The reduction in height claim is even more problematic. In the design field, there is no set height defining a “storey”. Although there is a general range, the specifics change based on use and context. Thus, a building can increase in height while having fewer storeys. This should raise suspicion around the  Reduction of building height by one-storey on each of the residential towers” claim, given that storey height and building height are separate issues.

Visual evidence is necessary, so let’s look more closely into the issue. The following depicts the north elevation of the newest proposal.

North elevation of the proposed building provided by Perkins & Will.

The image below overlays the previous proposal’s north elevation outline to the top of the “roof level” (not the “screens”). As one can see, there is minimal difference in building height.

North elevation of the proposed building provided by Perkins & Will with an overlay of elevation proposed in the previous proposal package.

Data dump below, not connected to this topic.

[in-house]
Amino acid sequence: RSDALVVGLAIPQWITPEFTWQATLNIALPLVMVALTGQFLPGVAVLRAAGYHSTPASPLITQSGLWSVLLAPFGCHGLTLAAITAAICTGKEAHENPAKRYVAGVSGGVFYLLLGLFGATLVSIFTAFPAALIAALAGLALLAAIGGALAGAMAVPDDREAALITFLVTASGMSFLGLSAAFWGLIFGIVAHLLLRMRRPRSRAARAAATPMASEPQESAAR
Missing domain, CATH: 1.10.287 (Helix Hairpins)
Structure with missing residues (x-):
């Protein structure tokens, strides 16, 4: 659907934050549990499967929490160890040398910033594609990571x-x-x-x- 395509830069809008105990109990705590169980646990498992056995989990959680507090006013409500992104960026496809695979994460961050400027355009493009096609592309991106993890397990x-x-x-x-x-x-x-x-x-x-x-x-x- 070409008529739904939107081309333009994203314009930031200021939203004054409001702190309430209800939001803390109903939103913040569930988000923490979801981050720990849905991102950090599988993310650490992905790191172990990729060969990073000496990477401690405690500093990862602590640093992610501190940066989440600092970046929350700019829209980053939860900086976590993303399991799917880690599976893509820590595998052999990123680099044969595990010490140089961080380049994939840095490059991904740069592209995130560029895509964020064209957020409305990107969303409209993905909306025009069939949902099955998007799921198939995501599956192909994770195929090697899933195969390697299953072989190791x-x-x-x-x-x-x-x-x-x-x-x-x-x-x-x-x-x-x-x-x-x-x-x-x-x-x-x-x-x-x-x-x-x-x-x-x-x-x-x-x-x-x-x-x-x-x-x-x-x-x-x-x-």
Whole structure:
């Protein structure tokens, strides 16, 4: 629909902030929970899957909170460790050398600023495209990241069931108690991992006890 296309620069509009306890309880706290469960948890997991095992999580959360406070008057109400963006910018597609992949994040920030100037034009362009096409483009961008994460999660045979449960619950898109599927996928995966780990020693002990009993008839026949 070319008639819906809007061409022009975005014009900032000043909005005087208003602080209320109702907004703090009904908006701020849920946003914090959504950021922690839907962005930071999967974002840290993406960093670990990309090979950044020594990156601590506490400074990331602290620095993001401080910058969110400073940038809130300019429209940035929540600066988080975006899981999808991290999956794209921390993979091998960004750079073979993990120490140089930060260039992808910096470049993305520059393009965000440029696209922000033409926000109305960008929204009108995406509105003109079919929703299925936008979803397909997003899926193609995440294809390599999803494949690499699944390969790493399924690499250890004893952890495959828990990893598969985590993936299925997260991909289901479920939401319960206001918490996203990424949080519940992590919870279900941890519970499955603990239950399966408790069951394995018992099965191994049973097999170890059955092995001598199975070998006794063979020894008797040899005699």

Cross-referencing the height numbers within the visuals package, below are the actual height comparisons:

  • Tower A Roof: Previous option = 103.1m / Current Option = 102.3m
  • Tower B Roof: Previous option = 89.25m /  Current Option = 90.05m
  • Tower C Roof: Previous option = 78.45m / Current Option = 78.15m

As you can see, Towers A and Tower C are under a meter shorter, while Tower B is actually higher than the original, albeit by a margin amount. As mentioned, this is to the top of the roof level. If one takes into account the small mechanical rooms (labeled “Overrun” on the drawing) at the top of each tower, which have implications on cast shadows, all towers are in fact higher than the previous proposal.

Once again, this should bring to mind questions around whether there should be some minimum criteria for claims made for revisions for public approval. In the absence of visual evidence, the public is asked to assume truthfulness while developers and their graphic-savvy employees take advantage of this trust.

I ended the original Deconstructing Visuals with a call for “visuals ethics” and described five things that I believed would get us started towards that end—Recognizing the limits of vision and visual media, Holding Visualizers Accountable, Making Assumption Explicit, Visualization Education in Planning, and the creation of Communal City 3d Model accessible to the public.